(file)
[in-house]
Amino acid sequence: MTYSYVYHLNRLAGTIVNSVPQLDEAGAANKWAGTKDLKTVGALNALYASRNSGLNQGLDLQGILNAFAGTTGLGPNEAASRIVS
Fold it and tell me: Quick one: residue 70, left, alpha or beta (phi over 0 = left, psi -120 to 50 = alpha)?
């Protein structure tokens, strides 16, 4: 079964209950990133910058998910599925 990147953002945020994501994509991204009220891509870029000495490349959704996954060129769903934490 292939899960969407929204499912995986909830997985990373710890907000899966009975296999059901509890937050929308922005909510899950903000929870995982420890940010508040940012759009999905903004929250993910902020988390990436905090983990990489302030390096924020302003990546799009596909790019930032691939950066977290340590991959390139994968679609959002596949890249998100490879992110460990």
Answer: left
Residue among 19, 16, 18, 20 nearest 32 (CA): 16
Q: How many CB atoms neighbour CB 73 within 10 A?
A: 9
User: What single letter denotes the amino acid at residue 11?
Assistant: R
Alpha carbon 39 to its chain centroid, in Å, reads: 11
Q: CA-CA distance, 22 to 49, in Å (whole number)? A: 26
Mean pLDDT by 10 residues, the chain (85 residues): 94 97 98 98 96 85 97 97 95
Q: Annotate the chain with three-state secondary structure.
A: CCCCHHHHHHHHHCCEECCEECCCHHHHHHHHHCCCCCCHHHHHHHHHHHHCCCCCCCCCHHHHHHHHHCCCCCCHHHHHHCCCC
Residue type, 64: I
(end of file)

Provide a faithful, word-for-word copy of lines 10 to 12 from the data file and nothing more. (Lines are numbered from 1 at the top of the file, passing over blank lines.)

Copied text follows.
Assistant: R
Alpha carbon 39 to its chain centroid, in Å, reads: 11
Q: CA-CA distance, 22 to 49, in Å (whole number)? A: 26